It is truly one of a kind.
To my knowledge there is only one bottle tree on the entirety of Martha’s Vineyard. A bottle tree is not something botanical you might find at the Polly Hill Arboretum or in any of our Island woodlands for that matter. It is, in fact, just what it sounds like, a tree or tree-like structure adorned with bottles.
You have likely passed this special rarity but may not have taken notice of it. At what is now Fiddlehead Farm (also known as Hillside Farm) on State Road in West Tisbury, there stands a single bottle tree on the porch.
Bottle trees are not only uncommon on Martha’s Vineyard; they are generally not found in New England and the northern states in general. Transplanted southerners, however, will recognize them, as they are more often found below the Mason Dixon line.
The history of these ornaments goes way back. Some say that bottle trees originated in northern Africa in the 9th century AD, though bottle tree scholars believe that the tradition is much older. Glass was made as early as 3500 BC, and hollow glass appeared around 1699 BC in Egypt and Mesopotamia, and there is evidence of the existence of these types of structures. The practice migrated north into Europe and eventually made its way to this country, most likely through the slave trade.
It is the function of bottle trees that keeps them vital even through the present day. What has been known from early on is that spirits like vessels. If you have any doubt, remember Aladdin, who rubbed a magic lamp. Imps or geniis (also spelled genies) were considered bad spirits that came out at night to wreak havoc. More recently, these spirits were known as haints, woody-boogers, or plat eyes, which are specifically the spirit of someone improperly buried.
To protect the home and family from the work of these spirits, bottle trees were constructed in the yard or garden. The spirits were attracted to the sparkly bottles and easily entered them at night. Getting out, however, was more difficult and the spirits became trapped. It was believed that they moaned all night from their efforts to escape, which would explain the noise from the wind blowing into those empty bottles. The sun would finish off the spirits, burning or destroying them as it rose.
For those wanting to get rid of the bottles full of evil spirits, simply cork the bottles and toss them down the river. (Actually, this approach is no longer recommended in our more ecologically conscious time.)
Though this whole story may sound unusual, Pulitzer prize winner Eudora Welty wrote about it in her short story, Livvie:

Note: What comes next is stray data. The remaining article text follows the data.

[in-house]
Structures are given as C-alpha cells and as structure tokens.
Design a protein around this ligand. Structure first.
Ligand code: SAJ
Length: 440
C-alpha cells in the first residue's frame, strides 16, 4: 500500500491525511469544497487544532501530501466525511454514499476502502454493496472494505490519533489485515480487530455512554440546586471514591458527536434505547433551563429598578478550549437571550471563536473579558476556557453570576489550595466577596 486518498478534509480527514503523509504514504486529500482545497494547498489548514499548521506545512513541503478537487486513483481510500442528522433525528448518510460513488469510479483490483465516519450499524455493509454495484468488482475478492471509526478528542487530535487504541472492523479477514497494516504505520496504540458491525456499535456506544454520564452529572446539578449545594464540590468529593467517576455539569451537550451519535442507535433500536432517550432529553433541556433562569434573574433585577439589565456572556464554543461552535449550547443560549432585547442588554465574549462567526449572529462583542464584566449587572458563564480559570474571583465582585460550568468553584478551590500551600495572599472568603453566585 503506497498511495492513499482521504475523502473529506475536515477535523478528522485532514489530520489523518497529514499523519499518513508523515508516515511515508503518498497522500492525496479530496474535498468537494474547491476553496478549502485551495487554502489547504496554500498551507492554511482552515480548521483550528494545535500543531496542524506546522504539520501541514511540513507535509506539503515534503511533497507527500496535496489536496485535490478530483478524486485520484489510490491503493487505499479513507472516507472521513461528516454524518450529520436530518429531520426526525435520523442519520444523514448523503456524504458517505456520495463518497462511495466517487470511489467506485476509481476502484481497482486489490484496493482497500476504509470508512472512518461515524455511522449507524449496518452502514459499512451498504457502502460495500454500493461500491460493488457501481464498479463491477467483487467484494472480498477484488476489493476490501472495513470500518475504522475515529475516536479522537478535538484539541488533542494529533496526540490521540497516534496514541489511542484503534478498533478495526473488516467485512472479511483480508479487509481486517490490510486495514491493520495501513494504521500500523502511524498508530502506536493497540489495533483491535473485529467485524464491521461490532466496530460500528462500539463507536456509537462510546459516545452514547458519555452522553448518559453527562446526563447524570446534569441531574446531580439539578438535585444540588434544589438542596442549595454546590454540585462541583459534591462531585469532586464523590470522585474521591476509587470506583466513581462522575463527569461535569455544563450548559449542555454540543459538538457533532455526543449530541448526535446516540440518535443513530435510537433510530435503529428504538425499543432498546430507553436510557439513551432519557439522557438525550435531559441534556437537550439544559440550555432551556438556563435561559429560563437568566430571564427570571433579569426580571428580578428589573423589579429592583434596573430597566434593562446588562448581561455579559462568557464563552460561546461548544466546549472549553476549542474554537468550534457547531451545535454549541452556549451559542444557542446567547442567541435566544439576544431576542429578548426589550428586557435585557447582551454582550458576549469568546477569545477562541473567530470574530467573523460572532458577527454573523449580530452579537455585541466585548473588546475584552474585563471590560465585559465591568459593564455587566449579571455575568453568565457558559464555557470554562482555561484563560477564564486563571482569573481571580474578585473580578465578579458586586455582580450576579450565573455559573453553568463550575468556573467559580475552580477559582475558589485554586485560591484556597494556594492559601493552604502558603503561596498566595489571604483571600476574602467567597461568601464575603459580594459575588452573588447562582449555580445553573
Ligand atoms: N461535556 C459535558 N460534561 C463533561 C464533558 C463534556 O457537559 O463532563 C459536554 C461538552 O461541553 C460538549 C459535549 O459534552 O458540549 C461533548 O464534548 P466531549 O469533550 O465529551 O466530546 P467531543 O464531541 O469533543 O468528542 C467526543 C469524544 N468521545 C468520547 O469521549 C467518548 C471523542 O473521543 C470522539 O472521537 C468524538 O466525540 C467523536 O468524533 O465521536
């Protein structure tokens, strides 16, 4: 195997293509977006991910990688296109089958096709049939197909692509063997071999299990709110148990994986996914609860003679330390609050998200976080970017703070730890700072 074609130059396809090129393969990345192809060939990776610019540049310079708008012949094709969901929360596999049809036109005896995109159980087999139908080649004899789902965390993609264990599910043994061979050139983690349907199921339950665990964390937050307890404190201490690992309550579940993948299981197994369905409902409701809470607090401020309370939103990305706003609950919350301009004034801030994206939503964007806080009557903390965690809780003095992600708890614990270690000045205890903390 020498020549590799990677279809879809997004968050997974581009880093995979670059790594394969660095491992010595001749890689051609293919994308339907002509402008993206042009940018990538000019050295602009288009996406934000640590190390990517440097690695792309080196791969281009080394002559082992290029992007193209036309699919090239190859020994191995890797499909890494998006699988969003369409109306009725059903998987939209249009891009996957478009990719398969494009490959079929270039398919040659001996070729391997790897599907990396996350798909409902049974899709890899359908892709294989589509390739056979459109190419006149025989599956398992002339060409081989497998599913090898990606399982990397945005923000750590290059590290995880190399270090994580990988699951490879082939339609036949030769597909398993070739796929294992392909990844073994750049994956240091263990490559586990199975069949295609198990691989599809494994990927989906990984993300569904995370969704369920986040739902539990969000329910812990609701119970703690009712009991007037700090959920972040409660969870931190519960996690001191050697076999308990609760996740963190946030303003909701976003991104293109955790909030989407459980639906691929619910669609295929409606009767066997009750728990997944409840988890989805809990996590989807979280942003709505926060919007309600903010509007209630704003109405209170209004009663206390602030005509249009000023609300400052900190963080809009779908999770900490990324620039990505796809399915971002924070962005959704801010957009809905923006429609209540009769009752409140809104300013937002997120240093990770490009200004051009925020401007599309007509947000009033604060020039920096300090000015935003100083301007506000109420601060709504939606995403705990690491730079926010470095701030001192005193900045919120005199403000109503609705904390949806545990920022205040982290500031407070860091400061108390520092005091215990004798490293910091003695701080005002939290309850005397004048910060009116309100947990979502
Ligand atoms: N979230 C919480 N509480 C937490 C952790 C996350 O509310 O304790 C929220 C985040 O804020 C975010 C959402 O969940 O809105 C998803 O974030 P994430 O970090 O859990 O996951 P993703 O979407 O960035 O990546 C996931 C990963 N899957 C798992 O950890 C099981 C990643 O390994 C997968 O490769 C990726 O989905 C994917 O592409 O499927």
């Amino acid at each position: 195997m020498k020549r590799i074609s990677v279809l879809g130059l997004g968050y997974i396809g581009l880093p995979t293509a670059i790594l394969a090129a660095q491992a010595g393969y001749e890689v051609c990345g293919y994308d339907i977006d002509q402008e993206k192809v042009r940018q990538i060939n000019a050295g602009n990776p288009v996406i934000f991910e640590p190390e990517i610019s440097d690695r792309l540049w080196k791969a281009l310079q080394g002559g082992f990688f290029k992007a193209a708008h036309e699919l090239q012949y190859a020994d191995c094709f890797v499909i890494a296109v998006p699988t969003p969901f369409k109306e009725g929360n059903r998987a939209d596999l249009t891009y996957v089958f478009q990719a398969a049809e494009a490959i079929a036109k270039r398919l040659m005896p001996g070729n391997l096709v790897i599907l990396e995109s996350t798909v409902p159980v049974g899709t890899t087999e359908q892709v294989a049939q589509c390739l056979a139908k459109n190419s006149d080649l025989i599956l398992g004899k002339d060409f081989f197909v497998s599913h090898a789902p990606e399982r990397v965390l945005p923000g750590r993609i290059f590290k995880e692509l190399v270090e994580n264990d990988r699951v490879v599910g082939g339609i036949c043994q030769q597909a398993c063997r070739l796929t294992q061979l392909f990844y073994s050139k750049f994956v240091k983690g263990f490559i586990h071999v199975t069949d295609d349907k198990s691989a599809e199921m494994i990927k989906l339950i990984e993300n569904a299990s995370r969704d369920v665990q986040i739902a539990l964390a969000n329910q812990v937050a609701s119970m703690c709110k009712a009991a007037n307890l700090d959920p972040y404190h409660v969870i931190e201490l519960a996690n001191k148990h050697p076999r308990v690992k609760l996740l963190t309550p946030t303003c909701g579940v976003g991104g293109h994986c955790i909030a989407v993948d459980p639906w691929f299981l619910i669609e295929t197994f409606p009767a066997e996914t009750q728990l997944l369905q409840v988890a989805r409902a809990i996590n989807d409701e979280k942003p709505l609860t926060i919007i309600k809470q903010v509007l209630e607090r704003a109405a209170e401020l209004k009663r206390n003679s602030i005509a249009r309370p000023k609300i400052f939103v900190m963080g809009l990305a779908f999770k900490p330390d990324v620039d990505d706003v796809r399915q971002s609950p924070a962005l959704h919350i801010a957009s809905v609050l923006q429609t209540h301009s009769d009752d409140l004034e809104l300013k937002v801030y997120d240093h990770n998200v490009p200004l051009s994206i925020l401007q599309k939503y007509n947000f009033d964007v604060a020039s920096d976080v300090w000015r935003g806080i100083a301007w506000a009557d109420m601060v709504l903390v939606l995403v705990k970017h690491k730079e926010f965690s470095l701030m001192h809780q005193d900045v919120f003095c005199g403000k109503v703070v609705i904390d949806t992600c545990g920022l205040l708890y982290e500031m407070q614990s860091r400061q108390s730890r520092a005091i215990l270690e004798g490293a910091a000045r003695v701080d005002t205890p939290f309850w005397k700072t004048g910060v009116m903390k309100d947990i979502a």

“Then coming around up the path from the deep cut of the Natchez Trace below was a line of bare crape myrtle trees with every branch of them ending in a colored bottle, green or blue.
“There was no word that fell from Solomon’s lips to say what they were for, but Livvie knew that there could be a spell put in trees, and she was familiar from the time she was born with the way bottle trees kept evil spirits from coming into the house — by luring them inside the colored bottles, where they cannot get out again.
“Solomon had made the bottle trees with his own hands over the nine years, in labor amounting to about a tree a year, and without a sign that he had any uneasiness in his heart, for he took as much pride in his precautions against spirits coming in the house as he took in the house, and sometimes in the sun the bottle trees looked prettier than the house did.”
Crape myrtles were popular trees for bottle trees, and the best of the bottle trees had cobalt blue bottles. Nowadays, they can be found on trees or on simple metal structures. One explanation for the blue bottles came from hoodoo folk magic. Blue represented both the earthly water and heavenly sky, and the intersection between the two was where the living and the dead come to a crossroads and interact.
So, although the brightly decorated holiday trees that you see everywhere this time of year will soon be losing their lights and adornments, take comfort in the fact that the bottle tree on State Road will go on working its magic all year long. And, if you sense that there are fewer evil or mischievous spirits in that particular neck of the woods, now you’ll know why.
Suzan Bellincampi is director of the Felix Neck Wildlife Sanctuary in Edgartown.